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I feel "heavy" on the ice (even though I'm not)

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08-19-2009, 05:27 PM
  #1
koh19
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I feel "heavy" on the ice (even though I'm not)

I'm 5'11'', 176 lbs, been training all summer (since April really), gained a whole lot of strength, followed a strict training plan (lifting, running, HIIT, speed training, plyometrics, stick handling exercises, mobility workouts for hips, legs) ate healthily, didn't party too much and cut down the fat, I'm lean, have a good six pack (which indicates that my bf % is low). Honestly, I gave 100% for my conditionning. I'm one of the ones that trains the most and that takes hockey the most seriously (In terms of conditionning, I'm pretty sure I'm top 5 in fitness on the team).

So I had my first practice last night and I felt "heavy" on the ice. At the beginning I felt ok, fairly fresh, did some good accelerations. But I felt absolutely drenched at the end of the practise (lasted 1h15). I dunno if it's because it's been months since I've been on the ice, if it was the first time that my legs made the specific movement of skating or what but I was disappointed.

What the hell happened?

Now I have a game on Friday and I'm pretty god damned scared. Sounds idiotic but my stomach hurts ( it's stress I'm guessing) because I feel it'll happen again. My confidence is very low.

Help!

Help!

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08-19-2009, 06:50 PM
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Timmer44
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Quote:
Originally Posted by koh19 View Post
I'm 5'11'', 176 lbs, been training all summer (since April really), gained a whole lot of strength, followed a strict training plan (lifting, running, HIIT, speed training, plyometrics, stick handling exercises, mobility workouts for hips, legs) ate healthily, didn't party too much and cut down the fat, I'm lean, have a good six pack (which indicates that my bf % is low). Honestly, I gave 100% for my conditionning. I'm one of the ones that trains the most and that takes hockey the most seriously (In terms of conditionning, I'm pretty sure I'm top 5 in fitness on the team).

So I had my first practice last night and I felt "heavy" on the ice. At the beginning I felt ok, fairly fresh, did some good accelerations. But I felt absolutely drenched at the end of the practise (lasted 1h15). I dunno if it's because it's been months since I've been on the ice, if it was the first time that my legs made the specific movement of skating or what but I was disappointed.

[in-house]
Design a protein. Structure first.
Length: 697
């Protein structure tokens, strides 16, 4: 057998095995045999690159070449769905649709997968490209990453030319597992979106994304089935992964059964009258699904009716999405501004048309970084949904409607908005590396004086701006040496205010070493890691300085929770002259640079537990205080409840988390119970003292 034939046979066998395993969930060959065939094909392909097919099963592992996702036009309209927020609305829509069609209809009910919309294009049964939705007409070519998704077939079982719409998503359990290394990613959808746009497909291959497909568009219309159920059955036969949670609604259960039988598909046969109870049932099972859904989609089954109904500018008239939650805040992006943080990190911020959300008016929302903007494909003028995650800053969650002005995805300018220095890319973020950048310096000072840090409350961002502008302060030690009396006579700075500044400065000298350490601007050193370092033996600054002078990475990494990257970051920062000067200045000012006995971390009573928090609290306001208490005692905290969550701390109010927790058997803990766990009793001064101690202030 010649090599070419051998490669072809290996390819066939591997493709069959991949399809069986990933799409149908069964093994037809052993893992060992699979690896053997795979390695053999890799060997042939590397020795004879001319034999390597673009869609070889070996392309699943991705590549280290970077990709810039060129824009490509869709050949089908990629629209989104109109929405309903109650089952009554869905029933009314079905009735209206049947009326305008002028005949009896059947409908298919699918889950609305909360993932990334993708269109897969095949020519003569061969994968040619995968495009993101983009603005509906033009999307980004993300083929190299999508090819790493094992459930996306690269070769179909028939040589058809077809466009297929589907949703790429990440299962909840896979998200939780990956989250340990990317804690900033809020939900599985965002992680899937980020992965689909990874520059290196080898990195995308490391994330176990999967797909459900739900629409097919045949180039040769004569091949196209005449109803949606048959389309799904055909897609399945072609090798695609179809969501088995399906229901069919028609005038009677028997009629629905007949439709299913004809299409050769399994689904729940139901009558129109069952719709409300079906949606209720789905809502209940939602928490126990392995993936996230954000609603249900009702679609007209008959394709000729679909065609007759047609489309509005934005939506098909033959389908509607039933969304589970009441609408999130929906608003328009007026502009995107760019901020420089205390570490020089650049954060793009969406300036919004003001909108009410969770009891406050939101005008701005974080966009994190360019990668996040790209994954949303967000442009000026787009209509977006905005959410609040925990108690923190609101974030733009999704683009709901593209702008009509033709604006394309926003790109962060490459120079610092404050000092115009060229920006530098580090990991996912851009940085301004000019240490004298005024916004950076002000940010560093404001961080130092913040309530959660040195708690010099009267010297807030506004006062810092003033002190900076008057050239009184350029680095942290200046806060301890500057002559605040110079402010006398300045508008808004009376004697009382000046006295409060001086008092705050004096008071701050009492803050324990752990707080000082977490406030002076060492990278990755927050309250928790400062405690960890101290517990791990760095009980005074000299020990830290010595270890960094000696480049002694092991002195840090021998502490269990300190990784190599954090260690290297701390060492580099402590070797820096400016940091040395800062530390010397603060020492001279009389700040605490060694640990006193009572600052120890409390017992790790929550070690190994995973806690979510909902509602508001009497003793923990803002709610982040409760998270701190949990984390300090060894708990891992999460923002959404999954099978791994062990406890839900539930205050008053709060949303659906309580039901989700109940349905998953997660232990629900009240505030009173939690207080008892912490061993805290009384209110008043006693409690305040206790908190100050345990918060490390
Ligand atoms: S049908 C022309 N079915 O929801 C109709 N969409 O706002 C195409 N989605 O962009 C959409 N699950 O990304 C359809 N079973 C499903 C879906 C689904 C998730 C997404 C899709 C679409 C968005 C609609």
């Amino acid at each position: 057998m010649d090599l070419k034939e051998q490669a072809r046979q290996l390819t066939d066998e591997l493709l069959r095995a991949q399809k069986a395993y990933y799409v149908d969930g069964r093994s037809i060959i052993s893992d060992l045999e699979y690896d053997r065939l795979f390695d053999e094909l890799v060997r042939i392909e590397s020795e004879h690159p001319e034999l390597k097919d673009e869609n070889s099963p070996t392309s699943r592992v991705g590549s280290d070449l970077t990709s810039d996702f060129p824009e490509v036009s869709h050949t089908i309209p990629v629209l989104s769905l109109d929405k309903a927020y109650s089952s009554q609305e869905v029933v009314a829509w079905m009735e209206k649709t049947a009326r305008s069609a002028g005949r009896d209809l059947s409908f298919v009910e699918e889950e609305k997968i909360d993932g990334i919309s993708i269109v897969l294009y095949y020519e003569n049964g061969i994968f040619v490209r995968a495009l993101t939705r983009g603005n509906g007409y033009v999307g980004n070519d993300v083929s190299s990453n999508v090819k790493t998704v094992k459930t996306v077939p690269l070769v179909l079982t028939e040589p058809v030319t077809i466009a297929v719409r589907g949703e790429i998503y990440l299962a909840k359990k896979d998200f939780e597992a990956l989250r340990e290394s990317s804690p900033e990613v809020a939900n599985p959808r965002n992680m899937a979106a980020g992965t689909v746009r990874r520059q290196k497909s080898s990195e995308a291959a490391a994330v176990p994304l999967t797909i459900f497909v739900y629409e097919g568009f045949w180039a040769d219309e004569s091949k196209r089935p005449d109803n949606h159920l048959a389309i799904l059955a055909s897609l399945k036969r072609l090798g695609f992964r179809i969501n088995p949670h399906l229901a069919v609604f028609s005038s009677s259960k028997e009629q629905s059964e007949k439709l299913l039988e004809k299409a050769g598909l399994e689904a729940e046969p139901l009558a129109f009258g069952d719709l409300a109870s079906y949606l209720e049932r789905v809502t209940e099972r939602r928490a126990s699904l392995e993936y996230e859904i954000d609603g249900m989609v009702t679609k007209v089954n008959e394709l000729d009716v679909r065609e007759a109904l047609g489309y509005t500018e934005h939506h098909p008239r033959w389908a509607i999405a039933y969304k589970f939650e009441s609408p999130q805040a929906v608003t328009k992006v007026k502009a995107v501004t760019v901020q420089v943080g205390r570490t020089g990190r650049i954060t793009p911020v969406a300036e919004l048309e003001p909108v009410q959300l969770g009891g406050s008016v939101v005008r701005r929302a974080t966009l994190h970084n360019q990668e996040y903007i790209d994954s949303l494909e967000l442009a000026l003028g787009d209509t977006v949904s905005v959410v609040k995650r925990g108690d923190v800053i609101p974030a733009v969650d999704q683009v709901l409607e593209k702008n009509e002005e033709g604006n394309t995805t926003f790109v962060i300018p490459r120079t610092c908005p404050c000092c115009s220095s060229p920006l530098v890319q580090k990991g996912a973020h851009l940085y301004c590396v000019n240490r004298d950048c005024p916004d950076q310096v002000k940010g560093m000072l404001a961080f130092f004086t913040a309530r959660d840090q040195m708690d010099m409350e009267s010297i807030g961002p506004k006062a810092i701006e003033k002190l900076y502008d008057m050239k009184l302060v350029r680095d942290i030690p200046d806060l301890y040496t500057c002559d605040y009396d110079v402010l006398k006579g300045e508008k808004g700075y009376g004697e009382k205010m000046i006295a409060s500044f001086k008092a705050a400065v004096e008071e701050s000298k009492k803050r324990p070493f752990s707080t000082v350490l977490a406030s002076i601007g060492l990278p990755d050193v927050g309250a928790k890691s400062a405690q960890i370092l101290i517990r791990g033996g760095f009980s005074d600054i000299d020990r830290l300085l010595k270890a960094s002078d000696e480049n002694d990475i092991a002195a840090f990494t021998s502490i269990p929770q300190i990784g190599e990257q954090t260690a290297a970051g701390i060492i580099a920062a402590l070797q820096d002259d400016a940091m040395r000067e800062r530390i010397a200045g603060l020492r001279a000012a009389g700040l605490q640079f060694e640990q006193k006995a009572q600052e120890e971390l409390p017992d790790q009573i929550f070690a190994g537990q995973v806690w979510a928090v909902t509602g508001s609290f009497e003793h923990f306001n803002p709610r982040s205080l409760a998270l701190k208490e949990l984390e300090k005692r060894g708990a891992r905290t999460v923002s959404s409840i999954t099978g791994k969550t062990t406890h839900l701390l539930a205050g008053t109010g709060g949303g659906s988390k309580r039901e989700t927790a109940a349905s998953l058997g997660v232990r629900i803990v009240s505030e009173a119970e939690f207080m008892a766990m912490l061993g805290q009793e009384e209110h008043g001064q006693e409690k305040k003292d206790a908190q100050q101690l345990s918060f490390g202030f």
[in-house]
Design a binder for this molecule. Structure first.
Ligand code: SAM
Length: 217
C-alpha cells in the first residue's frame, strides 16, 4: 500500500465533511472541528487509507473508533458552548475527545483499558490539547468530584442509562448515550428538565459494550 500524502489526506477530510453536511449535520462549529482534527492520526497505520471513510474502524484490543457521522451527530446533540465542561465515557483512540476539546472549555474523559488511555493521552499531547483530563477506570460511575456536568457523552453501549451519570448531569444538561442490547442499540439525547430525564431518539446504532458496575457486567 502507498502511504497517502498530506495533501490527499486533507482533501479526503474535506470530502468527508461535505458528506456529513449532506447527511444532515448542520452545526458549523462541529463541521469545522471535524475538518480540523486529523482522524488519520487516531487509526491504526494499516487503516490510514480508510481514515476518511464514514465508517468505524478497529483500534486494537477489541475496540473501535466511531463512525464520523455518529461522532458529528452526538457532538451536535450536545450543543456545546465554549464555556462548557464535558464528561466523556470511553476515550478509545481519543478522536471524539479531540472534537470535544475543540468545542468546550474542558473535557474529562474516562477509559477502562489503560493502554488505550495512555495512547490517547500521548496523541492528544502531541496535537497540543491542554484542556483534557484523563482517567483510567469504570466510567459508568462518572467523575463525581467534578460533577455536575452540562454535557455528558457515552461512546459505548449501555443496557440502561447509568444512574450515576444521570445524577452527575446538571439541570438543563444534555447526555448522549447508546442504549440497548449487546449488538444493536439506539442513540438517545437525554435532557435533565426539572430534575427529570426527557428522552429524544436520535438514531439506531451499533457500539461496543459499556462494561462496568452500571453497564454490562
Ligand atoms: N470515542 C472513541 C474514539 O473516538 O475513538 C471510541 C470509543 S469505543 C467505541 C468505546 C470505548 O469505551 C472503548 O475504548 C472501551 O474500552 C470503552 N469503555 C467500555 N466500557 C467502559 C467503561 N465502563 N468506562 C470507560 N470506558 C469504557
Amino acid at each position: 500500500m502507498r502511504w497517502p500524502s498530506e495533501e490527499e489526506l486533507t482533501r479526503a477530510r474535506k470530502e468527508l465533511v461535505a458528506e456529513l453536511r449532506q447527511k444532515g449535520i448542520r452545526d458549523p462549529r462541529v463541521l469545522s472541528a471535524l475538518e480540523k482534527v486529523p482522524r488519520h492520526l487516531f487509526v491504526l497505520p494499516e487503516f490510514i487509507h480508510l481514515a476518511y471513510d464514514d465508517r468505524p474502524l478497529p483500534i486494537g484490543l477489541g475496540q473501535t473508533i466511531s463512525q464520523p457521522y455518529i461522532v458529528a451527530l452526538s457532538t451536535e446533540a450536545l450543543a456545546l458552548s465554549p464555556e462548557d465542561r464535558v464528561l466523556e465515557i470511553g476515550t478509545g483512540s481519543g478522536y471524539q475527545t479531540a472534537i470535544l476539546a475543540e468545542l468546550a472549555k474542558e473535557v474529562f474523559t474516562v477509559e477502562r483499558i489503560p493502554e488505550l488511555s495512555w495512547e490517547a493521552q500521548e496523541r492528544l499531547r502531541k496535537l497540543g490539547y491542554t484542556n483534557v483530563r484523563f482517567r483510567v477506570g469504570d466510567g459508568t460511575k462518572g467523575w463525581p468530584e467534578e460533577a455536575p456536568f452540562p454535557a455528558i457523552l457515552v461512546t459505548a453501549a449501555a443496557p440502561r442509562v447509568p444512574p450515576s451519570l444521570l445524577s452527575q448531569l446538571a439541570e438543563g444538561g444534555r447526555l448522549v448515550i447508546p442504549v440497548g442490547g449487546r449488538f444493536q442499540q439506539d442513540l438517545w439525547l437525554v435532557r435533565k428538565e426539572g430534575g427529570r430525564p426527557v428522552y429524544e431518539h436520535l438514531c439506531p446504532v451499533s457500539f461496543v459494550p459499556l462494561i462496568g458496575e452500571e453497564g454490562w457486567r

What the hell happened?

Now I have a game on Friday and I'm pretty god damned scared. Sounds idiotic but my stomach hurts ( it's stress I'm guessing) because I feel it'll happen again. My confidence is very low.

Help!

Help!
When was the last time you actually SKATED??? Skating is a different animal and is really hard to replicate the movements without actually going on the ice. Your summer workouts will be hugely beneficial to your on-ice conditioning but there are likely a lot of muscles you haven't used in a while. Also, did you train with 30LBs of equipment on?

The good news is that because you have trained so hard, you will resume your skating in no time. Try to go for a couple skates between now and your game if possible to get your "skating" legs back.

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08-19-2009, 07:49 PM
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koh19
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Quote:
Originally Posted by Timmer44 View Post
When was the last time you actually SKATED??? Skating is a different animal and is really hard to replicate the movements without actually going on the ice. Your summer workouts will be hugely beneficial to your on-ice conditioning but there are likely a lot of muscles you haven't used in a while. Also, did you train with 30LBs of equipment on?

The good news is that because you have trained so hard, you will resume your skating in no time. Try to go for a couple skates between now and your game if possible to get your "skating" legs back.
Last time I skated was about 4 months ago. I hope it's because it was the first time.

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08-20-2009, 07:57 PM
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AIREAYE
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Quote:
Originally Posted by Timmer44 View Post
When was the last time you actually SKATED??? Skating is a different animal and is really hard to replicate the movements without actually going on the ice. Your summer workouts will be hugely beneficial to your on-ice conditioning but there are likely a lot of muscles you haven't used in a while. Also, did you train with 30LBs of equipment on?

The good news is that because you have trained so hard, you will resume your skating in no time. Try to go for a couple skates between now and your game if possible to get your "skating" legs back.
Are equpiment seriously 30 lbs? wow, but this is interesting because since you trained so hard, there shouldn't be a HUGE difference such as you experienced in your practise...odd

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08-20-2009, 08:23 PM
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cptjeff
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Unless you're a goalie using old horsehair and leather pads, no, equipment is not 30 pounds. 10 at the most would be my guess.

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08-21-2009, 03:59 PM
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4 months of not skating will really mess you up for the first couple times back out on the ice

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09-09-2009, 04:53 PM
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adaminnj
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check the depth of the blade sharpning you last had done.

I changed the depth from 1/2 in, to 5/8 and it makes a huge diff as to how a feel on ice.

I might be way off base but it's the only think I can think of that makes me feel "Heavy on ice"

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09-09-2009, 05:07 PM